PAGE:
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Promising Practices

Backpacks to Briefcases College Transition Program

The NCTN Promising Practice Series presents detailed descriptions of strategies from the field that are designed to promote the successful transition of adult basic education students to postsecondary education.

Backpacks to BriefcasesContributed by
Patricia Phillips
Associate Dean for Basic Skills
Davidson County Community College
Lexington, NC
patp@davidsonccc.edu
www.davidsonccc.edu

Program Context

Davidson County Community College, in Lexington, NC serves over 3,300 adults in its Basic Skills program on two campuses and eight satellite sites in the community. The workforce in Davidson County has historically been a manufacturing economy.  Since 2003, however, these jobs have steadily moved off-shore and the unemployment rate in the county has been around 12 % or higher.  Many citizens, both younger and older, have returned to college to retool skills to enhance their job opportunities.  Many have returned to obtain a high school diploma because no one is hiring those who don’t at least have a high school credential.  All students who are in both credit and non-credit programs at the college have access to the college’s library, fitness facilities, career center and student support services. This is a big draw, according to program staff.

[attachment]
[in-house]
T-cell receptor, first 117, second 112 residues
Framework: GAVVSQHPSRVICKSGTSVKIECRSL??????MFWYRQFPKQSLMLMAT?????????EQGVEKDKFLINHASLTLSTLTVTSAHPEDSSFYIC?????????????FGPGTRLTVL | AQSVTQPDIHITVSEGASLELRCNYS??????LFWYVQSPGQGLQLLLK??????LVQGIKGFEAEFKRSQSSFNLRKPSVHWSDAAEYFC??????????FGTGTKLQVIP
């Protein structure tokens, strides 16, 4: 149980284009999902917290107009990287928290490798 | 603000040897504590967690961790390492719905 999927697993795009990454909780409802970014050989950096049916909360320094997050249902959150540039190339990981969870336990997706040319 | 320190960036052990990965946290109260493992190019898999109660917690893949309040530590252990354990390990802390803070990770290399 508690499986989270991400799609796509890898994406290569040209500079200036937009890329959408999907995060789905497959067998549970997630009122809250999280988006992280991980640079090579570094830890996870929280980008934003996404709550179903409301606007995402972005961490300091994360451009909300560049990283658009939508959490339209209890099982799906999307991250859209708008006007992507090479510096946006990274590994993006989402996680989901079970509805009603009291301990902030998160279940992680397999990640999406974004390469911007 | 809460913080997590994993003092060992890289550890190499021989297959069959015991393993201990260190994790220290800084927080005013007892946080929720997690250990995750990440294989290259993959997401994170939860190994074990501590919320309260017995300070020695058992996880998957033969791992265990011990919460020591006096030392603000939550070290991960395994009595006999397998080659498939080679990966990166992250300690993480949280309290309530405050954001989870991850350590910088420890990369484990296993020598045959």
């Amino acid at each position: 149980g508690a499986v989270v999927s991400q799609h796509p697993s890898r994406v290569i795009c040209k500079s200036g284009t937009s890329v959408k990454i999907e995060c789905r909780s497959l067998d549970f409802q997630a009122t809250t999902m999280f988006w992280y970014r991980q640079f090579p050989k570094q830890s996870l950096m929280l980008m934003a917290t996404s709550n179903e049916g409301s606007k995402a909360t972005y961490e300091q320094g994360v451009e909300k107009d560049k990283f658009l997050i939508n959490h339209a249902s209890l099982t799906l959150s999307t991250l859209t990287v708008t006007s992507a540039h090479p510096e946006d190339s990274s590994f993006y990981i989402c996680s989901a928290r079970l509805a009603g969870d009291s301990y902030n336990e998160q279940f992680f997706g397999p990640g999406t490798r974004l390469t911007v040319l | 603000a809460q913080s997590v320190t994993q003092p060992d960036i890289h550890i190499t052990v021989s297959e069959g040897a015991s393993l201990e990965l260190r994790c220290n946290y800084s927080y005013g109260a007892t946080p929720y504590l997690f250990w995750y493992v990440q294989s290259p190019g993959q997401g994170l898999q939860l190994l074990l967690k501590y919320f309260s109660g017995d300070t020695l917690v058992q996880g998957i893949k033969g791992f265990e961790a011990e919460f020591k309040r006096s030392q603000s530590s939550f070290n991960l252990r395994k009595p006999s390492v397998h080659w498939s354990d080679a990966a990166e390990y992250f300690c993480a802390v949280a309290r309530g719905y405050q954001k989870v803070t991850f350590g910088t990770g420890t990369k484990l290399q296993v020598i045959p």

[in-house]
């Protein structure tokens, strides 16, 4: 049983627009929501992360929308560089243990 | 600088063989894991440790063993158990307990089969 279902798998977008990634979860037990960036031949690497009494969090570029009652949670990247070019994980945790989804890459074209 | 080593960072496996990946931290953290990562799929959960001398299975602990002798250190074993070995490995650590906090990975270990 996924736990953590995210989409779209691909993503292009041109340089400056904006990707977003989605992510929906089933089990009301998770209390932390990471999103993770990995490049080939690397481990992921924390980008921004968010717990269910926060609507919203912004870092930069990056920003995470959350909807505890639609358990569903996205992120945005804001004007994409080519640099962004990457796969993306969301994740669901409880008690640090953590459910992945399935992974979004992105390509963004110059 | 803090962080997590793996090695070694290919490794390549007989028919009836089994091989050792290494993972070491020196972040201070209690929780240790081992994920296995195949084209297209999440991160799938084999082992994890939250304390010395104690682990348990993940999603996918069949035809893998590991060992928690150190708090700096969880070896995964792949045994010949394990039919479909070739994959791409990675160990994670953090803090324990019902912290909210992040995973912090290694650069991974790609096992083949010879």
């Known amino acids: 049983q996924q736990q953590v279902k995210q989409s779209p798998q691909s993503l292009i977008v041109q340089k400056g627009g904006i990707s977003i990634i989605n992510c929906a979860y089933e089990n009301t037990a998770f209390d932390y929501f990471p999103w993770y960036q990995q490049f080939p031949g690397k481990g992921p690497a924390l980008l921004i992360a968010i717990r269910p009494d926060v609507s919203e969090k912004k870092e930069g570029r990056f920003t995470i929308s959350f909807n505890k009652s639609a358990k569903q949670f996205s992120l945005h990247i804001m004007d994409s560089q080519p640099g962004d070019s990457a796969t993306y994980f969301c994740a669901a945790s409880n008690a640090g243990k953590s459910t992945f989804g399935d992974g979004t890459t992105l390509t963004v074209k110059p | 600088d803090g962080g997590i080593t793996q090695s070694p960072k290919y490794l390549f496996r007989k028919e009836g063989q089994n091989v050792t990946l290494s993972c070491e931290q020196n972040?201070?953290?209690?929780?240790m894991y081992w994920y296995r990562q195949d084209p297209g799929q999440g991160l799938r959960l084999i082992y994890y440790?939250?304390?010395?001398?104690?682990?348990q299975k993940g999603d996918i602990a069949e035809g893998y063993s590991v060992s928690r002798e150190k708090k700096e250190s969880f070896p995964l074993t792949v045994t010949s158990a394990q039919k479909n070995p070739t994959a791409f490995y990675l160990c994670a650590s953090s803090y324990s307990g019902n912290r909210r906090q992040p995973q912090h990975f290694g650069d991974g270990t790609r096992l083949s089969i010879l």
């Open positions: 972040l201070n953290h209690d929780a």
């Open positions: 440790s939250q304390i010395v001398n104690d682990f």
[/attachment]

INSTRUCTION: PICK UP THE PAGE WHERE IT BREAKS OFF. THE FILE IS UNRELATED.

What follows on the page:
The program offers classes ranging from basic literacy to GED and adult high school diploma as well as English for Speakers of Other Languages (ESOL).  It also operates three transition programs: GET REAL (Real Education Achievement for Life), Achieving College or Career Entry (ACE), and Backpacks to Briefcases. This profile focuses on Backpacks to Briefcases.

Rationale and Background of the Practice

Backpacks to Briefcases (BB) is the program’s response to learning through a survey of 65 that students that most students didn’t know about the various certificate program options at the college or how to access available support services. They asked GED and adult HS diploma students what they knew about various aspects for college, such as applying for college and financial aid. They were “amazed” to learn that the overwhelming majority of students did not know very much at all about college.

Description of the Practice

Backpacks to Briefcases is designed to serve 18-24 year-olds who are within 6-8 months of graduating with a GED or adult high school diploma, and have a consistently good attendance record and a commitment to improvement. It is focused on career planning and college knowledge, integrated with GED or high school diploma preparation.